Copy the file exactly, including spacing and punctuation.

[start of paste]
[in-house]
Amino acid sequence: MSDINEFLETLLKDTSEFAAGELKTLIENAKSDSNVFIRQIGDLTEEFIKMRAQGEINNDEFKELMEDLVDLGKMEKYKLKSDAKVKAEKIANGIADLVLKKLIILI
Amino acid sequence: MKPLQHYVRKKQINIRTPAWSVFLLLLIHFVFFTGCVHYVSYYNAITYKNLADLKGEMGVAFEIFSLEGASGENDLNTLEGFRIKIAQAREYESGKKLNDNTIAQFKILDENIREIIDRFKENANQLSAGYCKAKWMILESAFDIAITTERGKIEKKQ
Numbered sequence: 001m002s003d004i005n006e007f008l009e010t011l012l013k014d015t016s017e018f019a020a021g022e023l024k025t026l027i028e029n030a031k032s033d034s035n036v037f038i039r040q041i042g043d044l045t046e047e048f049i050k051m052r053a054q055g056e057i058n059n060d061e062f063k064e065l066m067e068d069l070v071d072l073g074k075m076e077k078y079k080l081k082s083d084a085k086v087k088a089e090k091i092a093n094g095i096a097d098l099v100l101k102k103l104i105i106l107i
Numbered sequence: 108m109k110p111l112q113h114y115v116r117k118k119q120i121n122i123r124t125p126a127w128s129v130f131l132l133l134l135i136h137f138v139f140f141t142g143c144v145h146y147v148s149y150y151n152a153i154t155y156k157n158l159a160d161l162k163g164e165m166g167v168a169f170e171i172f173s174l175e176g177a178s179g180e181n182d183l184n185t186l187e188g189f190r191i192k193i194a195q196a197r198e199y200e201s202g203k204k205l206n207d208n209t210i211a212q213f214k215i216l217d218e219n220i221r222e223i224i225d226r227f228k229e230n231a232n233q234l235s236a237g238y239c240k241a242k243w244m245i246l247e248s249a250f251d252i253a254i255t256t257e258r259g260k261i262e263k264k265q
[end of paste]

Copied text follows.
[in-house]
Amino acid sequence: MSDINEFLETLLKDTSEFAAGELKTLIENAKSDSNVFIRQIGDLTEEFIKMRAQGEINNDEFKELMEDLVDLGKMEKYKLKSDAKVKAEKIANGIADLVLKKLIILI
Amino acid sequence: MKPLQHYVRKKQINIRTPAWSVFLLLLIHFVFFTGCVHYVSYYNAITYKNLADLKGEMGVAFEIFSLEGASGENDLNTLEGFRIKIAQAREYESGKKLNDNTIAQFKILDENIREIIDRFKENANQLSAGYCKAKWMILESAFDIAITTERGKIEKKQ
Numbered sequence: 001m002s003d004i005n006e007f008l009e010t011l012l013k014d015t016s017e018f019a020a021g022e023l024k025t026l027i028e029n030a031k032s033d034s035n036v037f038i039r040q041i042g043d044l045t046e047e048f049i050k051m052r053a054q055g056e057i058n059n060d061e062f063k064e065l066m067e068d069l070v071d072l073g074k075m076e077k078y079k080l081k082s083d084a085k086v087k088a089e090k091i092a093n094g095i096a097d098l099v100l101k102k103l104i105i106l107i
Numbered sequence: 108m109k110p111l112q113h114y115v116r117k118k119q120i121n122i123r124t125p126a127w128s129v130f131l132l133l134l135i136h137f138v139f140f141t142g143c144v145h146y147v148s149y150y151n152a153i154t155y156k157n158l159a160d161l162k163g164e165m166g167v168a169f170e171i172f173s174l175e176g177a178s179g180e181n182d183l184n185t186l187e188g189f190r191i192k193i194a195q196a197r198e199y200e201s202g203k204k205l206n207d208n209t210i211a212q213f214k215i216l217d218e219n220i221r222e223i224i225d226r227f228k229e230n231a232n233q234l235s236a237g238y239c240k241a242k243w244m245i246l247e248s249a250f251d252i253a254i255t256t257e258r259g260k261i262e263k264k265q